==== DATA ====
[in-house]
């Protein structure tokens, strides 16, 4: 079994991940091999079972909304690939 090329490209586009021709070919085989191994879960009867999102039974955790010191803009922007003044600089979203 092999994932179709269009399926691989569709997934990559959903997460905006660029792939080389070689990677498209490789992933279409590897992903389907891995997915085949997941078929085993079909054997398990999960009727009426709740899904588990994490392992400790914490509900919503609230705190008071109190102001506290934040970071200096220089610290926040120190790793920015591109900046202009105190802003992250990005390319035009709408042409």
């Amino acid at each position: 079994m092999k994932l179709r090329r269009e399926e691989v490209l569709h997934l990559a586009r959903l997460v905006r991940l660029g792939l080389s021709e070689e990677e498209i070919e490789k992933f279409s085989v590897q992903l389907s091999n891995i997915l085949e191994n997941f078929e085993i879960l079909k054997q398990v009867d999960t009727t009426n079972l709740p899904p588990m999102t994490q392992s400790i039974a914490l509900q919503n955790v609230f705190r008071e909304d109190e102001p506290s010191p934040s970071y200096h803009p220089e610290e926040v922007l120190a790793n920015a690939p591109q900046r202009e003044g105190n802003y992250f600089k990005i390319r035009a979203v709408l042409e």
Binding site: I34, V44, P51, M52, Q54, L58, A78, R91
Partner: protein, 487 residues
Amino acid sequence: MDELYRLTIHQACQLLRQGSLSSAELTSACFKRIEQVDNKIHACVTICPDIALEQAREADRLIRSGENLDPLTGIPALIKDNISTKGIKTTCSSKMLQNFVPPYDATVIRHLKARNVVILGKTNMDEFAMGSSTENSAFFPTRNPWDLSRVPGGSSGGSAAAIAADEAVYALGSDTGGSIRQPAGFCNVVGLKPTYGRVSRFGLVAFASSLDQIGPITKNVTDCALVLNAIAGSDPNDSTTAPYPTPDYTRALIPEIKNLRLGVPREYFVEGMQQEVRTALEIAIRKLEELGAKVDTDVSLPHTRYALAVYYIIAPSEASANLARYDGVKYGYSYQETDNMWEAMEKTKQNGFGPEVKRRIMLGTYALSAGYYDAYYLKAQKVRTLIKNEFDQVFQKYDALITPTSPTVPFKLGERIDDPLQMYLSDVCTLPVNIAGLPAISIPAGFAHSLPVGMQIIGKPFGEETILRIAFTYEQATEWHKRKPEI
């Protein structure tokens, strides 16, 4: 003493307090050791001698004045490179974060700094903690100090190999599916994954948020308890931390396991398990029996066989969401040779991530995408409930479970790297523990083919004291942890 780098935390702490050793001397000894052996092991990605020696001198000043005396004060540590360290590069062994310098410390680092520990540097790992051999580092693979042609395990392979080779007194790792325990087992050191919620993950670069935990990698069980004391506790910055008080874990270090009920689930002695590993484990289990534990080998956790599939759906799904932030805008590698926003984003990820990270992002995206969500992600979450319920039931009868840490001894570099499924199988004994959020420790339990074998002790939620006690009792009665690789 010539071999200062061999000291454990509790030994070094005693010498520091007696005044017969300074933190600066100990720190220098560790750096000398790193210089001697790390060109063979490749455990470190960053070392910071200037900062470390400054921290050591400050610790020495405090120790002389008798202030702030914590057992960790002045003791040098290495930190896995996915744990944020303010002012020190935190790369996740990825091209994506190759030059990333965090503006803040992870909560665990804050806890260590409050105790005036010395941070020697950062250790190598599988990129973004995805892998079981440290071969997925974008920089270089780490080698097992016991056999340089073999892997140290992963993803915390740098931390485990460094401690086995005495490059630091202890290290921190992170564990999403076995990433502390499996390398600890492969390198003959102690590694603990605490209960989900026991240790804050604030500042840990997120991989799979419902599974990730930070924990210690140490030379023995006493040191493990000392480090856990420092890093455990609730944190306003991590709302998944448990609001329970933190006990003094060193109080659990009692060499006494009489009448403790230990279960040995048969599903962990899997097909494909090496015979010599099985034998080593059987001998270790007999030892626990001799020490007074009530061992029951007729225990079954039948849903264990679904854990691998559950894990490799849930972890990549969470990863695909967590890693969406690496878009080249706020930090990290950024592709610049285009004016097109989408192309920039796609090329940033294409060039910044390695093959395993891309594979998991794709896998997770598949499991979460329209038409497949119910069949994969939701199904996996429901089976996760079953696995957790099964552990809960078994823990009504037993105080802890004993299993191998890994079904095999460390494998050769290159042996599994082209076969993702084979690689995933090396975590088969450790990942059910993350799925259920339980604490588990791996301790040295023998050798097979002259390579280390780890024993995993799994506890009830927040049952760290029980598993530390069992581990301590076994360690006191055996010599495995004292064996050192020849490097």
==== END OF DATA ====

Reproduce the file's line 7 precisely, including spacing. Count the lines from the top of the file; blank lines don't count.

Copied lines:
């Protein structure tokens, strides 16, 4: 003493307090050791001698004045490179974060700094903690100090190999599916994954948020308890931390396991398990029996066989969401040779991530995408409930479970790297523990083919004291942890 780098935390702490050793001397000894052996092991990605020696001198000043005396004060540590360290590069062994310098410390680092520990540097790992051999580092693979042609395990392979080779007194790792325990087992050191919620993950670069935990990698069980004391506790910055008080874990270090009920689930002695590993484990289990534990080998956790599939759906799904932030805008590698926003984003990820990270992002995206969500992600979450319920039931009868840490001894570099499924199988004994959020420790339990074998002790939620006690009792009665690789 010539071999200062061999000291454990509790030994070094005693010498520091007696005044017969300074933190600066100990720190220098560790750096000398790193210089001697790390060109063979490749455990470190960053070392910071200037900062470390400054921290050591400050610790020495405090120790002389008798202030702030914590057992960790002045003791040098290495930190896995996915744990944020303010002012020190935190790369996740990825091209994506190759030059990333965090503006803040992870909560665990804050806890260590409050105790005036010395941070020697950062250790190598599988990129973004995805892998079981440290071969997925974008920089270089780490080698097992016991056999340089073999892997140290992963993803915390740098931390485990460094401690086995005495490059630091202890290290921190992170564990999403076995990433502390499996390398600890492969390198003959102690590694603990605490209960989900026991240790804050604030500042840990997120991989799979419902599974990730930070924990210690140490030379023995006493040191493990000392480090856990420092890093455990609730944190306003991590709302998944448990609001329970933190006990003094060193109080659990009692060499006494009489009448403790230990279960040995048969599903962990899997097909494909090496015979010599099985034998080593059987001998270790007999030892626990001799020490007074009530061992029951007729225990079954039948849903264990679904854990691998559950894990490799849930972890990549969470990863695909967590890693969406690496878009080249706020930090990290950024592709610049285009004016097109989408192309920039796609090329940033294409060039910044390695093959395993891309594979998991794709896998997770598949499991979460329209038409497949119910069949994969939701199904996996429901089976996760079953696995957790099964552990809960078994823990009504037993105080802890004993299993191998890994079904095999460390494998050769290159042996599994082209076969993702084979690689995933090396975590088969450790990942059910993350799925259920339980604490588990791996301790040295023998050798097979002259390579280390780890024993995993799994506890009830927040049952760290029980598993530390069992581990301590076994360690006191055996010599495995004292064996050192020849490097």